• Role-playing prepares sales reps to execute in front of customers, giving managers confidence that the rep is conversation-ready and can articulate the value proposition
  • Sales enablement practitioners should reevaluate role-playing exercises and ensure sales leaders partner with reps to provide actionable coaching tips
  • Leverage role-playing beyond onboarding, incorporating it into ongoing learning around company changes and product launches to optimize continued rep adaptability to new sales motions

I took up golf this summer. Those who play can probably relate when I say that I love the game — and I hate the game. I love when I connect with the ball and feel like a pro. I hate when I slice and lose my golf ball in the trees. Good form is what I want. So, before I picked up any bad habits, I decided I needed a coach.

First we focused on fundamentals: how to hold my club to start. It wasn’t until the third week that my coach video-recorded my swings and adjusted my grip, arms, and overall swing. We reviewed the videos. He drew lines and made notations. I practiced. I’m far from pro status, but at least I felt ready to get on a course.

Then I had an aha moment at work: I was speaking to a client about her sales learning programs, and she mentioned that her sales reps hate role-playing exercises. Her experience isn’t unique. Forrester SiriusDecisions research indicates that out of 14 methods of learning delivery, high-performing reps rank role-playing in person and via video their number 8 and number 11 preferences, respectively. Simply put, they’re not big fans.

I get it. When I first met my golf coach, I just wanted him to tell me how to fix my slice. I didn’t really want to practice, but that’s not how it works. My coach broke down the fundamentals. I practiced. He incorporated some complexity. I practiced. He recorded me putting it all together and we studied the video for adjustments. We did all this before I got on the course.

Here’s the “aha”: Typically, sales reps just want someone to give them the information they need to “get on the course.” They’ll figure out later how it fits into their customer interactions. But then we’re risking a rep practicing on a prospect or customer, bad habits and all!

Maybe the role-playing isn’t the issue. Maybe sales enablement practitioners need to reevaluate their fundamentals. Here are some observations I’ve made that we can use to deconstruct role-playing exercises:

  • Let’s see your swing. Like in golf, there are so many motions to consider in any customer interaction. I can’t imagine my coach placing a ball on a tee and saying “swing” without first teaching me the basics. Yet, many role-playing exercises do just that. We have reps role-play an entire prospecting conversation. Why not break down the interaction into specific areas they can build on? Depending on the rep’s skill set, let’s try an opener, or a closing and asking for next steps — or let’s talk about objections. Build on the basics. Role-plays should focus on one or two objectives. Asking reps to execute on more than that will be unmanageable.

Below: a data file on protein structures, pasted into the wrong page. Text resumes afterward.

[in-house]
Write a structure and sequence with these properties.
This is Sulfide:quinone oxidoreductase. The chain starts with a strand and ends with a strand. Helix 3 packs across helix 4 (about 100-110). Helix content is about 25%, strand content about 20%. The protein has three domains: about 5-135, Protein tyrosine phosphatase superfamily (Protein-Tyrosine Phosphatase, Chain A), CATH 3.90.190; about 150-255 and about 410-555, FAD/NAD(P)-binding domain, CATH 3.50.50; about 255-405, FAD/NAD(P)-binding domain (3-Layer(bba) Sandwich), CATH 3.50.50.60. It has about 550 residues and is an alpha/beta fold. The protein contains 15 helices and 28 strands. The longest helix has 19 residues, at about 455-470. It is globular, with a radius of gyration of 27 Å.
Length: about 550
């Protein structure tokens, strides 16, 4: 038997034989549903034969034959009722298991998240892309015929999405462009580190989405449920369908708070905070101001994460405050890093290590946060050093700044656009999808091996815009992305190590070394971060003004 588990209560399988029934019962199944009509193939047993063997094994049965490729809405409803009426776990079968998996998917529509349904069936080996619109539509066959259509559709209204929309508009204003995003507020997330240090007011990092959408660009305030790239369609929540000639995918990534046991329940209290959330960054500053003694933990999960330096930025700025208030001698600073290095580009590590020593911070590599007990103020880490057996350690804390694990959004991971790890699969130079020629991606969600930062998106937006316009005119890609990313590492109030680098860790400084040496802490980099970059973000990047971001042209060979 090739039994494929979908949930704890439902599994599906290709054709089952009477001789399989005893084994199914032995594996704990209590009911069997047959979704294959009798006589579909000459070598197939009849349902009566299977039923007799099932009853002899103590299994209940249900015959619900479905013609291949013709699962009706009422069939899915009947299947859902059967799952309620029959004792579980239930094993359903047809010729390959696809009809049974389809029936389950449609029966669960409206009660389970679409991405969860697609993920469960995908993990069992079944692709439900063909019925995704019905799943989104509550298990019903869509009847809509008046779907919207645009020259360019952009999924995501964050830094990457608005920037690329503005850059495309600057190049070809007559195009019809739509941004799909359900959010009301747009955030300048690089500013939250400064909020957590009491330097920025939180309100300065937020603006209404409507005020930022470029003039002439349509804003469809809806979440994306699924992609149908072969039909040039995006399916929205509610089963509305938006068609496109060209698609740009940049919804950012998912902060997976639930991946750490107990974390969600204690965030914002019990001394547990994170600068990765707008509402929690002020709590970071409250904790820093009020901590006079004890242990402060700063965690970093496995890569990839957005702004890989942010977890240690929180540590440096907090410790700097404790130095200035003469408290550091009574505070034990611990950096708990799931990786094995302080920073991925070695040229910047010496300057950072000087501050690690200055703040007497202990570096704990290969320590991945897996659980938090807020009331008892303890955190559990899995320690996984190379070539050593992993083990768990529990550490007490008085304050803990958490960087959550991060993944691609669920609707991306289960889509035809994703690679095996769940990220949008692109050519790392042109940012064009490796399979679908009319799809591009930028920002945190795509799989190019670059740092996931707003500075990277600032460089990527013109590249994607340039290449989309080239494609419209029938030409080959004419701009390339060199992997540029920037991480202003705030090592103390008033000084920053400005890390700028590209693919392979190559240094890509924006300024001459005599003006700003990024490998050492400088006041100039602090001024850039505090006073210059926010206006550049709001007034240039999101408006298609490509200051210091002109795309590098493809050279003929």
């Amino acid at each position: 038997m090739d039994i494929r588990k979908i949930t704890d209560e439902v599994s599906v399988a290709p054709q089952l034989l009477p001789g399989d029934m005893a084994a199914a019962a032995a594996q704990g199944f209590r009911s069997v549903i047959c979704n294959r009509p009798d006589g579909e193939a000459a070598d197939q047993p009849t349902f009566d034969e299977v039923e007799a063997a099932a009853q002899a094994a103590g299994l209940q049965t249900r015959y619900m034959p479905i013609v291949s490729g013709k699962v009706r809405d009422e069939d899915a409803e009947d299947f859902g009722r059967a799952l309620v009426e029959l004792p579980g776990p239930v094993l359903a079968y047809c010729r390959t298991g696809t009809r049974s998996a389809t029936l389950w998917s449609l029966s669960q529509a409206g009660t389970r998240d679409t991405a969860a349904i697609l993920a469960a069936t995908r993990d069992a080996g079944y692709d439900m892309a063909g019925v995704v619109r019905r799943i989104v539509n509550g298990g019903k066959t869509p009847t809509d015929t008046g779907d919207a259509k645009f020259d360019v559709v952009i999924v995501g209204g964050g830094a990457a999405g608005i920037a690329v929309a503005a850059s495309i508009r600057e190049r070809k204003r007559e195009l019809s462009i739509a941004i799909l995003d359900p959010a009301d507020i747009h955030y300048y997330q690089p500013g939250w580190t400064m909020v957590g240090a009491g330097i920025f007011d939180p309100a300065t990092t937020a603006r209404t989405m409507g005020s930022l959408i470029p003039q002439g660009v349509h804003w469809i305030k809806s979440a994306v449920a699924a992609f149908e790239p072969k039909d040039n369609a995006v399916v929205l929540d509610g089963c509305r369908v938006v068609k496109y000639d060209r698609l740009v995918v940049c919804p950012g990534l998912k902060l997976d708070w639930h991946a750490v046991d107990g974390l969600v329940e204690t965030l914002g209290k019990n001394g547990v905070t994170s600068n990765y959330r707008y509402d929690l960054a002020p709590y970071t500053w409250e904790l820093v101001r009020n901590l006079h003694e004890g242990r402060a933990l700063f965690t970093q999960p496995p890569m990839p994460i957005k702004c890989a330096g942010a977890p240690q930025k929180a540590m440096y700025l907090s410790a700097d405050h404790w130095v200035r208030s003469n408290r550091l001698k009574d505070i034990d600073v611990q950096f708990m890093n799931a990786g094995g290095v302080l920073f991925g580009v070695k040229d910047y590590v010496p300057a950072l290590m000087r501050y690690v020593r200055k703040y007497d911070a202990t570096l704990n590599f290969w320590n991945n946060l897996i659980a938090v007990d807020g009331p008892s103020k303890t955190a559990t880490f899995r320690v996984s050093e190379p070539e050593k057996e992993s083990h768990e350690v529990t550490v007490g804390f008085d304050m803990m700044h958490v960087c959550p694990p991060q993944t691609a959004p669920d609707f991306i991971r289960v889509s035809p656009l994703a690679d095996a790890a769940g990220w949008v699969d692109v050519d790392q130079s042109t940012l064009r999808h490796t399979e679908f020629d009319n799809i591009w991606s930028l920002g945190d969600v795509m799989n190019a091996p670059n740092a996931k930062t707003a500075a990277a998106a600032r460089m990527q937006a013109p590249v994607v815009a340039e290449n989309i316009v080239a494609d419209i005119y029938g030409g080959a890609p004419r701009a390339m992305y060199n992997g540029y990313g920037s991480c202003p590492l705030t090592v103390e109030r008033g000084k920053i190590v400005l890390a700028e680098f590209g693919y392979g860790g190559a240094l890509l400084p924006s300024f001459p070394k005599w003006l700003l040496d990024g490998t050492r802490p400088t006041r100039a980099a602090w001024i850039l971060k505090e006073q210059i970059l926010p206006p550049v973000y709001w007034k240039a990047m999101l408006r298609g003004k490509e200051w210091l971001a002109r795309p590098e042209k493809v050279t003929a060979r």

• Take note of sand traps and water hazards. Every golf course is unique. When designating a “pretend company” for role-playing, have your reps build a realistic “course” with multiple decision-makers to sell to who have their own agendas and objectives. Your reps should create a role-play in which they interact with each decision-maker and target their message accordingly. Provide feedback on each course hazard — did the rep consider competitors, changes in the market, or known objections? Focus on key objectives and help reps put together a whole bag of clubs they can use.
  • Watch the pros. Even Tiger Woods misses a putt now and again, but when he’s on, he’s fun to watch. We can learn from both missed putts and fantastic drives. Create a library of role-plays — buyer personas, typical objections, openers, closings, conducting a demo — broken down into realistic, digestible scenarios and make the videos available to all reps. Include the constructive coaching notes. Just like beginning golfers scouring YouTube videos for putting tips, reps will get a lot of information on what might work for them in any given scenario and may even see some common mistakes they can correct.
  • Partner with a good caddy. Caddies do so much more than lug around golfers’ clubs. They provide advice on shots, know their partner’s game, and have deep local course knowledge. In sales, reps and managers must partner. Managers provide the advice. Reps get out there and execute. The key role of the manager is to help reps build their skills.

The desired outcome for role-playing is knowing your reps can execute effectively in front of customers. Role-playing shows managers that reps are prepared for conversations, can speak the language of the buyer, and can articulate the value proposition.

Don’t use role-playing for onboarding exercises only. Your company will inevitably change what even seasoned reps are being asked to do, so they will need to role-play to ensure they understand and can incorporate these changes. Continue to work with sales leaders to build out more scenarios and have their reps record the interactions. Critical to your program’s success is making sure leaders are providing actionable coaching tips.

Even the best reps need to practice. Enabling them to do so will get them into top-selling form — and keep them there.